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Baghdad Australian Embassy Blast Kills Three

A car bomb targeting an Australian military convoy exploded near the Australian Embassy Monday, killing three Iraqis and wounding eight others, according to Iraqi and coalition officials.

Australia's defense force spokesman said in Canberra (search) that three Australian troops were slightly injured in the attack near that country's embassy in Baghdad — the first such direct attack on Australian troops in Iraq

Interior Ministry spokesman Col. Adnan Abdul-Rahman said the bomb was targeting the convoy as it was driving through the neighborhood near Karrada (search) and Jadiriyah (search).

The attack took place several hundred yards from the Australian Embassy.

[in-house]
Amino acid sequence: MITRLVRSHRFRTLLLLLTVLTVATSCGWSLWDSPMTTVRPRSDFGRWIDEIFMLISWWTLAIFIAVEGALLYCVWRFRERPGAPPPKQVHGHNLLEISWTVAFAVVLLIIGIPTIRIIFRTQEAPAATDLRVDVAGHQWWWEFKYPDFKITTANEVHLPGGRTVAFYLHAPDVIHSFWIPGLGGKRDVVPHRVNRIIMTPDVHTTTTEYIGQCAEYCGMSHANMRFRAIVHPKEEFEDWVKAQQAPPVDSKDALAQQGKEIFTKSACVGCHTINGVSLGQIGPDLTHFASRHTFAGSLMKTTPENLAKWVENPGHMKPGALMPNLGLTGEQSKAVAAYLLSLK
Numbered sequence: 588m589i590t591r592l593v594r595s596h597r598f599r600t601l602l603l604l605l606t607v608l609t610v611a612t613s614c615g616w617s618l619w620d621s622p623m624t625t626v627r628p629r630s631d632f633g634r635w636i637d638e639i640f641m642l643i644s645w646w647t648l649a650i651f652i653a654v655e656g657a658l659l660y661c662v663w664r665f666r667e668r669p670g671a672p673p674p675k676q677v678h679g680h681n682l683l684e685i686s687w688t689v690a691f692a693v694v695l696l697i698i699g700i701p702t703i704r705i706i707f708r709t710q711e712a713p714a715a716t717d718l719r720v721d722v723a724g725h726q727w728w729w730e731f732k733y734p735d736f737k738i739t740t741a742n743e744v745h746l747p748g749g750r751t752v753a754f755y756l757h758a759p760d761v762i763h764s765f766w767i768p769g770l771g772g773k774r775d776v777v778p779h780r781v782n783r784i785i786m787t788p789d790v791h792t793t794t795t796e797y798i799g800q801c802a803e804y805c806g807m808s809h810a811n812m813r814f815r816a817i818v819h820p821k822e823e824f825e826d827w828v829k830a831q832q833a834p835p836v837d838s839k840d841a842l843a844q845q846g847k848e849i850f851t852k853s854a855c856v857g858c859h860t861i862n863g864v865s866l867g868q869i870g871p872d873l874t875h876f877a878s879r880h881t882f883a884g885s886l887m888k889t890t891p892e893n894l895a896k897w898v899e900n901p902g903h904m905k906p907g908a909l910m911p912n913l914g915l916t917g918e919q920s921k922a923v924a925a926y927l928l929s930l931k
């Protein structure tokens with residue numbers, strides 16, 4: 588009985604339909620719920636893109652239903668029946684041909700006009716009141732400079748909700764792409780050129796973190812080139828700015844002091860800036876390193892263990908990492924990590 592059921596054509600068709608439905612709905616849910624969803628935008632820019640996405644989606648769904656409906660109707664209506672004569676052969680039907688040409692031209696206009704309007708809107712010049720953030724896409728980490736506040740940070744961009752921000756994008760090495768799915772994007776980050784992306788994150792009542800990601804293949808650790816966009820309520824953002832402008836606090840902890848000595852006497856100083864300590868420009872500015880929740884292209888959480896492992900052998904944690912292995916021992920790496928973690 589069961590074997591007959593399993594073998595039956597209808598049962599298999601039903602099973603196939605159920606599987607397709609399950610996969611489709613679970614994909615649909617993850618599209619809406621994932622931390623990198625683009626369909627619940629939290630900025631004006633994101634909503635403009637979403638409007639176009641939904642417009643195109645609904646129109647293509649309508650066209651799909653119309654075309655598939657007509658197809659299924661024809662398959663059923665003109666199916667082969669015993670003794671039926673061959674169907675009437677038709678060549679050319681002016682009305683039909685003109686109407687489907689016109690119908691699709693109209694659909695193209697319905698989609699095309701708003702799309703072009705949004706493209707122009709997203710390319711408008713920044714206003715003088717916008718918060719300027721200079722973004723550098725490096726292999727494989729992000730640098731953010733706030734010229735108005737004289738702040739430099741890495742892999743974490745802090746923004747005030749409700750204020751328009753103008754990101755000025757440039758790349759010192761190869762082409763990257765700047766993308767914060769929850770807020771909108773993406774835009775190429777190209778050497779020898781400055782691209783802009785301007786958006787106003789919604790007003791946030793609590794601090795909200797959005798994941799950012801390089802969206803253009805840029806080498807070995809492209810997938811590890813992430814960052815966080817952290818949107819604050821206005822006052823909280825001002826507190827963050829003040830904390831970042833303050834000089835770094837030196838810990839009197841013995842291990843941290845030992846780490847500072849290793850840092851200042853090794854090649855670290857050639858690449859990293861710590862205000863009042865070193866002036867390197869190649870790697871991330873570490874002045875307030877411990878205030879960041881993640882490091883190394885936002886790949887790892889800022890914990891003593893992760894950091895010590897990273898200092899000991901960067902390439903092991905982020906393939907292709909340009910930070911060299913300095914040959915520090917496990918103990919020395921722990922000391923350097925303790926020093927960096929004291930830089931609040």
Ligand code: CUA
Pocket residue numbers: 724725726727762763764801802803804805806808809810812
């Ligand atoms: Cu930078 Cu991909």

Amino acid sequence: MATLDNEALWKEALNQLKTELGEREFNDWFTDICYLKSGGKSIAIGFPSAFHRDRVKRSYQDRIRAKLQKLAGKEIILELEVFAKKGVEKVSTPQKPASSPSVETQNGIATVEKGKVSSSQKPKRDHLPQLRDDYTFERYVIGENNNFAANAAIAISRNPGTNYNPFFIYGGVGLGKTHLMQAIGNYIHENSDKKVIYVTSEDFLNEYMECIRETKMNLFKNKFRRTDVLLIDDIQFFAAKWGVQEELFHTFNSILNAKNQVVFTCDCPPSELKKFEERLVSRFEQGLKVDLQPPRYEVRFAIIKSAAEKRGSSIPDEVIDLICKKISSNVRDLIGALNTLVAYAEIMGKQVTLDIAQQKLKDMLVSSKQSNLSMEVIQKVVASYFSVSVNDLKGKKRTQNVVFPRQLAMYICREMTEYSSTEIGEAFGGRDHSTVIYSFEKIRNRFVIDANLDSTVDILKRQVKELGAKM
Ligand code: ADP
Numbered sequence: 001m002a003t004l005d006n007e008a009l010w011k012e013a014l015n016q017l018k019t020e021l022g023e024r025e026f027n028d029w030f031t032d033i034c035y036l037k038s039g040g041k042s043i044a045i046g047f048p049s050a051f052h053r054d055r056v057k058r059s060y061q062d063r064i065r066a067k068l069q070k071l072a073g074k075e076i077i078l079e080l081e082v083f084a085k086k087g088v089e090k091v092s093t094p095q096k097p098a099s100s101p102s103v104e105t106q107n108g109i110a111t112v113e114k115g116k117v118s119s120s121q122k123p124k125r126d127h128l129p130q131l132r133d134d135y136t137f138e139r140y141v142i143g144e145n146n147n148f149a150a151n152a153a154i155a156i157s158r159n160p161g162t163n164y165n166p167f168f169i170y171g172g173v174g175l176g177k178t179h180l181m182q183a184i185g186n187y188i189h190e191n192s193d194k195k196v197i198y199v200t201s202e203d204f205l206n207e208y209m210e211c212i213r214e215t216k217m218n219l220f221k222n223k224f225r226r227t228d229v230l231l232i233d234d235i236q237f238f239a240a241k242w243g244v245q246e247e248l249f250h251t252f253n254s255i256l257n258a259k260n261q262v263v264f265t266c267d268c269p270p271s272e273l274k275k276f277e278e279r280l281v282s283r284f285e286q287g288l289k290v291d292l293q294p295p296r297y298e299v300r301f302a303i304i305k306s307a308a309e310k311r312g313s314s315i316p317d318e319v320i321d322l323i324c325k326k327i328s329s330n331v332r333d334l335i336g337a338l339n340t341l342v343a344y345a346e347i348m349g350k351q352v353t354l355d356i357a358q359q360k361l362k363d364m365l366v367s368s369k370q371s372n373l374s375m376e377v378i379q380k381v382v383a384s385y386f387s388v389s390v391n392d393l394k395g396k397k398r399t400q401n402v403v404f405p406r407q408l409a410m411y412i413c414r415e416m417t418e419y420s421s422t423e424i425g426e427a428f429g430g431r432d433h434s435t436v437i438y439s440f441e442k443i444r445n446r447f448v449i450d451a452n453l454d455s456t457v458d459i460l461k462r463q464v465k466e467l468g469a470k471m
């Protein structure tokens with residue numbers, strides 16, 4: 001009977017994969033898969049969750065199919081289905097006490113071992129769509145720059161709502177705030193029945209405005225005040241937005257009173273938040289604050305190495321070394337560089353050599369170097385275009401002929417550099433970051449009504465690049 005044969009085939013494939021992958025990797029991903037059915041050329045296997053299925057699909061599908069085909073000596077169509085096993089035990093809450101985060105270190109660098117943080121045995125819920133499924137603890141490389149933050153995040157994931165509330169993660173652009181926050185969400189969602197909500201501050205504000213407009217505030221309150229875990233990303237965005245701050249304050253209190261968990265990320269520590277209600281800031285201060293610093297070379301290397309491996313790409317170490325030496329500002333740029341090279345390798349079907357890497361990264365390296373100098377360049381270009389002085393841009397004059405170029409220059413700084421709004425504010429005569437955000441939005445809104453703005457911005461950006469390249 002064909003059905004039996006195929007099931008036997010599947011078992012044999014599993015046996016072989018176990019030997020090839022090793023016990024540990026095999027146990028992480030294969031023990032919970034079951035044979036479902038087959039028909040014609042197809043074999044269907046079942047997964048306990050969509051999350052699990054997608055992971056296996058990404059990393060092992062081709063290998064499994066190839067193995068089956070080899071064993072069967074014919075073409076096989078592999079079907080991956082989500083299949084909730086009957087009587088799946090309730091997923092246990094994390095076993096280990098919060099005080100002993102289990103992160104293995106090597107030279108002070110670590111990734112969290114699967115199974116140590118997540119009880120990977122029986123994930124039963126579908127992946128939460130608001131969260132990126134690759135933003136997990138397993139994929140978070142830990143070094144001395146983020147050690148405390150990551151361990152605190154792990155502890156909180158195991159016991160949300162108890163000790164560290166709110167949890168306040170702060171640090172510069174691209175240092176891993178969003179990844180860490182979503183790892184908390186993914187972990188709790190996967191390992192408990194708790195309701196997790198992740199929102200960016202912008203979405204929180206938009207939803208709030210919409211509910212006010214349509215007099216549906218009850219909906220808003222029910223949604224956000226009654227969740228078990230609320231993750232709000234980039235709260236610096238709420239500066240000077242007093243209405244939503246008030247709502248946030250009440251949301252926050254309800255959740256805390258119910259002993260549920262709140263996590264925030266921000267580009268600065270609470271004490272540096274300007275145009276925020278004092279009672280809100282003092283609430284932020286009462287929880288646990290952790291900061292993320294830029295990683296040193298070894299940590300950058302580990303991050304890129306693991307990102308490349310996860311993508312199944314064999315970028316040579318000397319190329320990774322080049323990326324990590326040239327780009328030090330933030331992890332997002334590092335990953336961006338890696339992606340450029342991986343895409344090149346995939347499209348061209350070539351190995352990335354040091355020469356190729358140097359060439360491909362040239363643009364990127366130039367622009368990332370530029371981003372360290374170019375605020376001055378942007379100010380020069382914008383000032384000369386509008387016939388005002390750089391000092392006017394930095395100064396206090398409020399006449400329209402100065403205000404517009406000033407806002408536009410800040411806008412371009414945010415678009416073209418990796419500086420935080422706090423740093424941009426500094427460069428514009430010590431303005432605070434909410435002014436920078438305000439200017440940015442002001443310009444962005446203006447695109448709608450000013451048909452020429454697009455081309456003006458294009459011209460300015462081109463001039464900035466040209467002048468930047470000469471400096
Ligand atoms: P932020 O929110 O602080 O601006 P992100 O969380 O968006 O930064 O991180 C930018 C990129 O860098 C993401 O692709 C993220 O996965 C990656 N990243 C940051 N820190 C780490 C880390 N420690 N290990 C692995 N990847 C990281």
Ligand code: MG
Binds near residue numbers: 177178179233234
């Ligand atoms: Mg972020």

U.S. Maj. Scott Stanger told Associated Press Television News that the explosives were hidden inside a taxi parked on the side of the road, and the bomb detonated when the convoy drove by. Witnesses on the scene said the burning hulk of the car and scattered debris littered the area.

A huge cloud of smoke was seen rising over the western bank of the Tigris river. U.S. helicopters were seen flying over the area.

The U.S. military reported two separate incidents Monday involving two convoys that were hit by roadside bombs in Baghdad's northern and western districts but said no casualties were reported. On armored vehicle had slight damage.

Last week, the Australian government announced that the embassy would be moved early next year from its current location to the heavily fortified Green Zone (search), which houses the U.S. and Iraqi leadership.

A car bomb blast on Oct. 17 hit a cafe close to the Australian Embassy, killing six people. No Australians were hurt in that blast, which authorities believe was aimed at an Iraqi police convoy.

Australian Prime Minister John Howard is a staunch supporter of the war in Iraq. He sent 2,000 elite troops to join the invasion last year and still has 920 military personnel in and around Iraq.